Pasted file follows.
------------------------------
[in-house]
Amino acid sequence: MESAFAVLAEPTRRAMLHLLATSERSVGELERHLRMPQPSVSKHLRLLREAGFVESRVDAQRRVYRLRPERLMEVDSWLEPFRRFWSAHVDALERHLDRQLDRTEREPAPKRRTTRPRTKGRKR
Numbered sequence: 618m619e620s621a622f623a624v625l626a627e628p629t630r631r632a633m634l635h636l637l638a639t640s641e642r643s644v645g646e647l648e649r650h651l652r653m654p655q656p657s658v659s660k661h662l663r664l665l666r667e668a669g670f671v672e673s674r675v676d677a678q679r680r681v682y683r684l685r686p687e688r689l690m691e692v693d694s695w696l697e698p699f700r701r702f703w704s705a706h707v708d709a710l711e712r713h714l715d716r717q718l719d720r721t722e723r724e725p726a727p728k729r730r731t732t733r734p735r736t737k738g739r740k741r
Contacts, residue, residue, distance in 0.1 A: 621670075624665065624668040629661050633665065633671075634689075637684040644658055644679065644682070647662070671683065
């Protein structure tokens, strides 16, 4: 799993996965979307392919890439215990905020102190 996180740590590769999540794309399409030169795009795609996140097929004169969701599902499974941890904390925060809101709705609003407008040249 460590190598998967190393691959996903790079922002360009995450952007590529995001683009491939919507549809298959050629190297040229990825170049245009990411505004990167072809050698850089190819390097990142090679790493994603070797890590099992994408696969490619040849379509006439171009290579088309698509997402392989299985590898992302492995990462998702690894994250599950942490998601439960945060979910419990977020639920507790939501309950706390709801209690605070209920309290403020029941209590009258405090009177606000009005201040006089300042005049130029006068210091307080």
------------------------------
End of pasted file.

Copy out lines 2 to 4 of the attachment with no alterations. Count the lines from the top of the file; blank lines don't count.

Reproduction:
Amino acid sequence: MESAFAVLAEPTRRAMLHLLATSERSVGELERHLRMPQPSVSKHLRLLREAGFVESRVDAQRRVYRLRPERLMEVDSWLEPFRRFWSAHVDALERHLDRQLDRTEREPAPKRRTTRPRTKGRKR
Numbered sequence: 618m619e620s621a622f623a624v625l626a627e628p629t630r631r632a633m634l635h636l637l638a639t640s641e642r643s644v645g646e647l648e649r650h651l652r653m654p655q656p657s658v659s660k661h662l663r664l665l666r667e668a669g670f671v672e673s674r675v676d677a678q679r680r681v682y683r684l685r686p687e688r689l690m691e692v693d694s695w696l697e698p699f700r701r702f703w704s705a706h707v708d709a710l711e712r713h714l715d716r717q718l719d720r721t722e723r724e725p726a727p728k729r730r731t732t733r734p735r736t737k738g739r740k741r
Contacts, residue, residue, distance in 0.1 A: 621670075624665065624668040629661050633665065633671075634689075637684040644658055644679065644682070647662070671683065